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European Forum for Economic Co-operation



Welcome to EFEC -

the European Forum for Economic Co-operation

The European Forum for Economic Co-operation, EFEC, comprises of qualified members and partners in EU countries and in particular Asia as well.  EFEC as an European Economic Interest Grouping is an international organisation.

EFEC supports on a not-for-profit basis sustainable development via the mobilisation of economic co-operation within the European private sector and organisations and companies in developing countries.


Architectural use of large scale photovoltaic panels in China


Kunming, the capital of China’s Yunnan province receives with around 6000 MJ/Ym2 abundant sunshine over the year. Therefore it is called ‘city of eternal spring’.


In the context of the Chinese Renewable Energy Law local organisations and companies will evaluate the generation of electric power on the large architectural façades within this rapidly expanding city.  Through EFEC's efforts this study will be co-finaced from the EU Asia ProEco programme


Quality Standards for Solar PV and Thermal Equipment

Based on China's new Renewable Energy Law China Standards has been instructed to develop Quality- and Technical Standards for Solar Energy Equipment.

EFEC arranged a consortium of RALSolar  and  the 
China Standard Certification Centre proposing a joint  Public-Private-Partnership  Project  to SEQUA  for co-financing the adaptation and transfer  of RAL's quality and testing standard to China.



Promotion of sustainable  utilisation of Biomass Energy Sources in Asia

Biomass, in particular fuel-wood, constitutes 60-95% of all energy consumed in developing countries.

However, biomass utilisation is inefficient, depletes natural resources and impacts negatively health via indoor air pollution resulting from open fire heating and cooking.

EFEC, as member of an large consortium led by the German Solar Energy Society implements a sustained 5-year project financed from the Intelligent Energy Europe Programme on improving RES utilisation in developing countries: REEPRO.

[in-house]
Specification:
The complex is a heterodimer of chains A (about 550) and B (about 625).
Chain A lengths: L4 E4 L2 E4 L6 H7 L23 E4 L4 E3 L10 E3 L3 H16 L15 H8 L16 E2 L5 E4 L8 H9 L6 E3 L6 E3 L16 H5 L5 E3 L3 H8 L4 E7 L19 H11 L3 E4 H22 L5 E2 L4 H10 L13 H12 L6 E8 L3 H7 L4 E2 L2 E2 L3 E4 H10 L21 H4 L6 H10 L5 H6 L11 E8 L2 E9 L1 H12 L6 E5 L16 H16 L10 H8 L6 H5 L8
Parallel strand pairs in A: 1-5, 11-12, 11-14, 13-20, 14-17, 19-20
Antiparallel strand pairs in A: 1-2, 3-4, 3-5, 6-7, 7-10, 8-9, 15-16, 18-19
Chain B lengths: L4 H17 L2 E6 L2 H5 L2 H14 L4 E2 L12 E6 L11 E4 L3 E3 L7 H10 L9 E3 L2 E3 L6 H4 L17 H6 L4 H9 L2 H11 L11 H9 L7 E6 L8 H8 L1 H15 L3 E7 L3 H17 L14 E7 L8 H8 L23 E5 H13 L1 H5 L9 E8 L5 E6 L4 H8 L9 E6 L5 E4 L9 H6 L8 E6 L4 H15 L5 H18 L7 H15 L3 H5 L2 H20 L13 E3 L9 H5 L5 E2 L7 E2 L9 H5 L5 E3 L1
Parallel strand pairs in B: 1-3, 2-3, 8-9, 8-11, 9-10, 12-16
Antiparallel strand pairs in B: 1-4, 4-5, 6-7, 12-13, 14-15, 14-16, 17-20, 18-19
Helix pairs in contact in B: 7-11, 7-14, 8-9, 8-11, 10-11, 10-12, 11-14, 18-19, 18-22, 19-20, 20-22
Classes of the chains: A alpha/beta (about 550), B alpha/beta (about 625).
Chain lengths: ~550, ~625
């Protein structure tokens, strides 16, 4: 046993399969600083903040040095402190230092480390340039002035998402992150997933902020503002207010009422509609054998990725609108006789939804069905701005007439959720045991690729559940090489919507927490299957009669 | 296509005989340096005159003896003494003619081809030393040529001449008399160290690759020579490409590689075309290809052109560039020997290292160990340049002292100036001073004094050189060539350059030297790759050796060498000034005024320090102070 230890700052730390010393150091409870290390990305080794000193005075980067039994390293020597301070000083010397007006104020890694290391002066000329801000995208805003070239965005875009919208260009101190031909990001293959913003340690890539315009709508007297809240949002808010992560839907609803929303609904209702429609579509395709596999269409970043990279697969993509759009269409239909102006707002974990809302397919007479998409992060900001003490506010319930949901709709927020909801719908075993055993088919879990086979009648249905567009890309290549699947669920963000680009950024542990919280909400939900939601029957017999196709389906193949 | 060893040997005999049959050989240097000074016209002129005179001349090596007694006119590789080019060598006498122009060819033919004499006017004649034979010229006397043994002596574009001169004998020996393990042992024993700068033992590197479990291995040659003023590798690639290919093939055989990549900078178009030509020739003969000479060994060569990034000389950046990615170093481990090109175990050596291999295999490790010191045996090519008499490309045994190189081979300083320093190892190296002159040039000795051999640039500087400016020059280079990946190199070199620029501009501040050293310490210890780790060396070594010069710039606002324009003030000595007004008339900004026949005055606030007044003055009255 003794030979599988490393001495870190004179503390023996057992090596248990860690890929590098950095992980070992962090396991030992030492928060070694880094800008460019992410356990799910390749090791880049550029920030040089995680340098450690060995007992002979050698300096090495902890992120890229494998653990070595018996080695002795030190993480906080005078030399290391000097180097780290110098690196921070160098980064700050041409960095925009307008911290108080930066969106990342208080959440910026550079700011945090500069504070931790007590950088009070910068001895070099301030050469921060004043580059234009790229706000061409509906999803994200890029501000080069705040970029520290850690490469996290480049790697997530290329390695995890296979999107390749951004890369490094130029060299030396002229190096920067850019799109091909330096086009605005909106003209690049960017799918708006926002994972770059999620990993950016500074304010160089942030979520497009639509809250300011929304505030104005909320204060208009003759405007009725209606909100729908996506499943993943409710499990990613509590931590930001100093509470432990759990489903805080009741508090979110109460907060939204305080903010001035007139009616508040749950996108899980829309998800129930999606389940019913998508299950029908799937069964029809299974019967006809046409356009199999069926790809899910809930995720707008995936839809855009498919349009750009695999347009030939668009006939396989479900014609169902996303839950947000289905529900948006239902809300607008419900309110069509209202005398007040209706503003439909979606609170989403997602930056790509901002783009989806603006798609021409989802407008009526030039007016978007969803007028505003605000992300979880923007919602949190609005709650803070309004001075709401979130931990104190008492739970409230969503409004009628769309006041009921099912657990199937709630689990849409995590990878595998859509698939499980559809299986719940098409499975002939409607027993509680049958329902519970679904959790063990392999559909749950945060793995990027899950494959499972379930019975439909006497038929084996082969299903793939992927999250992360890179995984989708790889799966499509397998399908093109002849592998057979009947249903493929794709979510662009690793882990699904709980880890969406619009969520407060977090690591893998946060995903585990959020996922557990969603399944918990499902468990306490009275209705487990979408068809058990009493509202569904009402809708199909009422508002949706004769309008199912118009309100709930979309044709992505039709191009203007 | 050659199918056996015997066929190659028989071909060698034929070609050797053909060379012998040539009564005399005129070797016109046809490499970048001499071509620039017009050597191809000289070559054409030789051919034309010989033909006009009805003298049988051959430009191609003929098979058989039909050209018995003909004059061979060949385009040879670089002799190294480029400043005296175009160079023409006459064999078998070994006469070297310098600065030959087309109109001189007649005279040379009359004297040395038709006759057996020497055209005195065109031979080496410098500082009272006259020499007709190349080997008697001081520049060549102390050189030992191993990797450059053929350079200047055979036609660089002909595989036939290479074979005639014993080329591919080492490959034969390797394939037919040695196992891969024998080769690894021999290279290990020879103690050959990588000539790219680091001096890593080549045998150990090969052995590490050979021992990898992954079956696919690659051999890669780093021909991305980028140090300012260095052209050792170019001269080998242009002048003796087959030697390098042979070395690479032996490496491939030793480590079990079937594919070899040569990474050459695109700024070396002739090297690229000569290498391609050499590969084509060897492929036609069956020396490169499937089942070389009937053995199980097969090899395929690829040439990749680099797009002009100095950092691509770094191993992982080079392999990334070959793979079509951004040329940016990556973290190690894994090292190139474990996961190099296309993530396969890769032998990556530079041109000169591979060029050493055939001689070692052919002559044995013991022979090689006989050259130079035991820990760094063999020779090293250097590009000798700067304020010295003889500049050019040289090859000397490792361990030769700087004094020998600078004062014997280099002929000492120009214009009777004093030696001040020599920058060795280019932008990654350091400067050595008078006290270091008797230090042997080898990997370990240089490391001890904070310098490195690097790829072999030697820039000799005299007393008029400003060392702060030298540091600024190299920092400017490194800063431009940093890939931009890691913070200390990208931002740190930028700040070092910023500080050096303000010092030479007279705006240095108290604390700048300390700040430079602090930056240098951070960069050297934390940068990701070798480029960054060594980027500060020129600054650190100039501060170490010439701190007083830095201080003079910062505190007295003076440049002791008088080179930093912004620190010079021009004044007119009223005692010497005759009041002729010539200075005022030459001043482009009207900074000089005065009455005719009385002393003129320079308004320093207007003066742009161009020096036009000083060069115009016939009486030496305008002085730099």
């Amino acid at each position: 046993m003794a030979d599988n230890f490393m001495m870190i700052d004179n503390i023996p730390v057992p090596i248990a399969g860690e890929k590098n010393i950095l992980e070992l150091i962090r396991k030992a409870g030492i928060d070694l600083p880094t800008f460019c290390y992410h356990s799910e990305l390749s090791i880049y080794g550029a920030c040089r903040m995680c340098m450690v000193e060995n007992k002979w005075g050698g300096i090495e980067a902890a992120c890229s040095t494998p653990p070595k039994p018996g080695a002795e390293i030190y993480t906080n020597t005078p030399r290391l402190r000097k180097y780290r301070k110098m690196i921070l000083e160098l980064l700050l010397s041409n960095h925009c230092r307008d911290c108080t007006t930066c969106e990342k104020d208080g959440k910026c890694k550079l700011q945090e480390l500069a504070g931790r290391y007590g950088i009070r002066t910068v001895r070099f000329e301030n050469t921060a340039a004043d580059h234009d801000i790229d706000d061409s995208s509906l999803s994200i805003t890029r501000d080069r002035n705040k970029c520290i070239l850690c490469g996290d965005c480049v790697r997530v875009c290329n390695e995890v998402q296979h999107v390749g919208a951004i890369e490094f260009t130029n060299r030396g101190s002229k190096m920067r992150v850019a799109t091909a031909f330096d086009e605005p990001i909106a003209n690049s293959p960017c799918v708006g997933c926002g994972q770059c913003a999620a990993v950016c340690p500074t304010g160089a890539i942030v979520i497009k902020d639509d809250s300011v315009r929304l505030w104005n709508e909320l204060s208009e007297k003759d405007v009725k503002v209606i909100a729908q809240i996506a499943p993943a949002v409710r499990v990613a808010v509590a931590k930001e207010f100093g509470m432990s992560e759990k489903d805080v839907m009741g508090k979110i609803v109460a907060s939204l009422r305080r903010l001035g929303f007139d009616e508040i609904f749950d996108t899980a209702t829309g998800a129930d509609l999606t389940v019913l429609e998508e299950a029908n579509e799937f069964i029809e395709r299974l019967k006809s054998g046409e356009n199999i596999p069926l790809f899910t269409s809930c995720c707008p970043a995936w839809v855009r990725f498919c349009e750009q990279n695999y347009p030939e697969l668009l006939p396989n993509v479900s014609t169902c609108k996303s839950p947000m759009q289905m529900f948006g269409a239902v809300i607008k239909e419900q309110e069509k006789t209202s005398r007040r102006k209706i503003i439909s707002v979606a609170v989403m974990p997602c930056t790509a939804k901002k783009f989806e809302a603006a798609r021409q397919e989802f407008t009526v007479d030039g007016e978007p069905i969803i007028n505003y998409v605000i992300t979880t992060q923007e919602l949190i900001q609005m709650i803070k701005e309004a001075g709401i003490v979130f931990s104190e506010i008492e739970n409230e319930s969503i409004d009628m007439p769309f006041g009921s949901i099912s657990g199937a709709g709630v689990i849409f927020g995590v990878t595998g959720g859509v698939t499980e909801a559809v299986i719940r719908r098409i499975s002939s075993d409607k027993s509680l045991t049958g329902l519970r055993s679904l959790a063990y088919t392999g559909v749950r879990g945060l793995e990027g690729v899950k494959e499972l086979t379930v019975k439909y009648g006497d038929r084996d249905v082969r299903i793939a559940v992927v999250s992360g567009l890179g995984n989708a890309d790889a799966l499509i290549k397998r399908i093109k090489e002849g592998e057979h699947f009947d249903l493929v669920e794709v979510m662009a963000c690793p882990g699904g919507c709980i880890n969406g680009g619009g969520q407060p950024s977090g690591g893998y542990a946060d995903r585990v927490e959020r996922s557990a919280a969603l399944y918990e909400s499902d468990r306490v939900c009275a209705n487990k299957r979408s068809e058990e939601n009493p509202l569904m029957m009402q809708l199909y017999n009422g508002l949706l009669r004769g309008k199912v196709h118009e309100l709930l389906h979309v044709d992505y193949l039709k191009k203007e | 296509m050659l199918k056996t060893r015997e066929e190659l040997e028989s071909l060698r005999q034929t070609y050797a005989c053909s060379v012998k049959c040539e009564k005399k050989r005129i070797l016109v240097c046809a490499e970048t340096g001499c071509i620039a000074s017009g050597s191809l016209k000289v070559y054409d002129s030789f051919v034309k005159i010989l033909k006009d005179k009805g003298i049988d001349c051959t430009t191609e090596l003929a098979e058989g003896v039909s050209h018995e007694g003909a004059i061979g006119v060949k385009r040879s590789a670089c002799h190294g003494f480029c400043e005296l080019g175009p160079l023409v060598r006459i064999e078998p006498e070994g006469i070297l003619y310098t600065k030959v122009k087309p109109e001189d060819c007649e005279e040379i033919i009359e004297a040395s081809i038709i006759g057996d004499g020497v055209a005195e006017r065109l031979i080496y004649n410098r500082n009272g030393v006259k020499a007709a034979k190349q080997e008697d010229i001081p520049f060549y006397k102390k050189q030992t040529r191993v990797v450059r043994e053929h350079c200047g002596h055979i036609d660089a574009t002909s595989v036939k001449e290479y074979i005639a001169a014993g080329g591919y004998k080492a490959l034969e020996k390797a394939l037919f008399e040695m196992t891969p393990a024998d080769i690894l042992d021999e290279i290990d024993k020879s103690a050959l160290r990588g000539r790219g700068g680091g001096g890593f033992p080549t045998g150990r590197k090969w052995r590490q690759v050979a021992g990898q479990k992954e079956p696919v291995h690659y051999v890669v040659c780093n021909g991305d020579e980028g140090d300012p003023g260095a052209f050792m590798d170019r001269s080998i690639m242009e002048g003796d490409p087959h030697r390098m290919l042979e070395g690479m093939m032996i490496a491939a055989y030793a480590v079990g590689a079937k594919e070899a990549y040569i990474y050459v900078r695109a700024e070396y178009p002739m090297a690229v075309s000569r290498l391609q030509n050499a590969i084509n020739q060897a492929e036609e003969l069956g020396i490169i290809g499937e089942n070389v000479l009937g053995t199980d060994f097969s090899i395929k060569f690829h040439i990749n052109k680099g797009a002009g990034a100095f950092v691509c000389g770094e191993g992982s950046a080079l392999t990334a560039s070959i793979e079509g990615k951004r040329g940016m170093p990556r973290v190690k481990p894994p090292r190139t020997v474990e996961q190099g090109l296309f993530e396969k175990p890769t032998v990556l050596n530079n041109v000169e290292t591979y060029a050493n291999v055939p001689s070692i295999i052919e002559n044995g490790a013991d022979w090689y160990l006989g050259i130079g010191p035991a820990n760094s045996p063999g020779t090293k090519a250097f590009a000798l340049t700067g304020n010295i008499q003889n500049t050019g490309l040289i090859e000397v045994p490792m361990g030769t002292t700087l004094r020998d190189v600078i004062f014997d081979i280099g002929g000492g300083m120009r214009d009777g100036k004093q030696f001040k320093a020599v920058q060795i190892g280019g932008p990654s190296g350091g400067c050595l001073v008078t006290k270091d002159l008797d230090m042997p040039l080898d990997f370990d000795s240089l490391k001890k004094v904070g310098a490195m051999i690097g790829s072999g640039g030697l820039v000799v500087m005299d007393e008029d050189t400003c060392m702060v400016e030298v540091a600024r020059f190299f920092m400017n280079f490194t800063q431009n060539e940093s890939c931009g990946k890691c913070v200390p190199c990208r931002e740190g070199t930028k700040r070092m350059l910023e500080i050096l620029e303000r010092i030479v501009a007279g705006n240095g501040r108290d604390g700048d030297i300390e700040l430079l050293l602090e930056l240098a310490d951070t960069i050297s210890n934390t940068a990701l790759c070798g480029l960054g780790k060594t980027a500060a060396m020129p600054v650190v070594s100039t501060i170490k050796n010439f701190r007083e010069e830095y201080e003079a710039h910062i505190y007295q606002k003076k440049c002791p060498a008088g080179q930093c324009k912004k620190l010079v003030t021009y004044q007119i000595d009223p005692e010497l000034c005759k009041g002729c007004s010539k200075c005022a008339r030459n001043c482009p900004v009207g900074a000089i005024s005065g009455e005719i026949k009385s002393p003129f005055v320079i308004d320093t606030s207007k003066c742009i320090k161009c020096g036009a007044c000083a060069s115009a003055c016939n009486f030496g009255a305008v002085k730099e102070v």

Business to Business Meetings in the RES Sector between Bangladesh' and European SMEs

EFEC believes that development co-operation in the institutional area needs to be complemented by private sector actions to be successful and sustainable.

Therefore EFEC participates in the development and implementation of B2B meeting events in Bangladesh and Germany in co-operation Project Partners from Bangladesh, Poland and Germany. The meetings will be supported from the EU Commission's Asia Invest Programme







Architectural use of large scale photovoltaic panels in China

The PR China became the third largest energy user in the world, and its coal-dominated energy structure implies high CO2 emissions. The amount of CO2 emissions from China may surpass that of the United States within 20-30 years, making China the world's largest source of greenhouse gases by around 2025. Currently, renewable energy sources (except for hydro power) account for only a fraction of China's total energy consumption. However, China has abundant solar energy resources: 66% of the national geographical area has more than 2200 solar hour equivalents per year, annual radiation is greater than 5020 MJ/m2, and solar insolation with 50,000 EJ (50,000 x 1018J) absorbed at the surface annually.

In particular, the PR China advanced with 940 to 1.300 billion kwh installed generation capacity to one of the largest producers of electric power in the world. According to official statistics, 67% of China’s electric power is generated from coal, 24% from oil, 3% from natural gas, and 7% from hydropower. Chinese coal is often unrefined and has high sulphur content. Accordingly each year ca. 20 mil t sulphur and 18 mil. t. dust are emitted to the atmosphere. Although the per capita consumption of electric power in China is only around 1/6 of developed nations, China is already the second largest emittent of sulphur dioxide and carbon dioxide (CO2), currently 2.5 billion. t, in the world.

As China’s industrialisation, the mechanisation of agriculture and its urbanisation are continuing together with an improving quality of life and mobility a further dramatic increase in energy consumption is inescapable. Actually, the annual increase of primary energy consumption is around 3.4%. Until 2020, China’s CO2 is expected to reach around 5.7 bill. t. Until 2010 China’s increase of CO2 will overcompensate by 5 times the agreed CO2 reduction under the Kyoto Protocol. Hence, it is in the vital interest of the signatories to the Kyoto Protocol to mitigate the Chinese CO2 emission increase.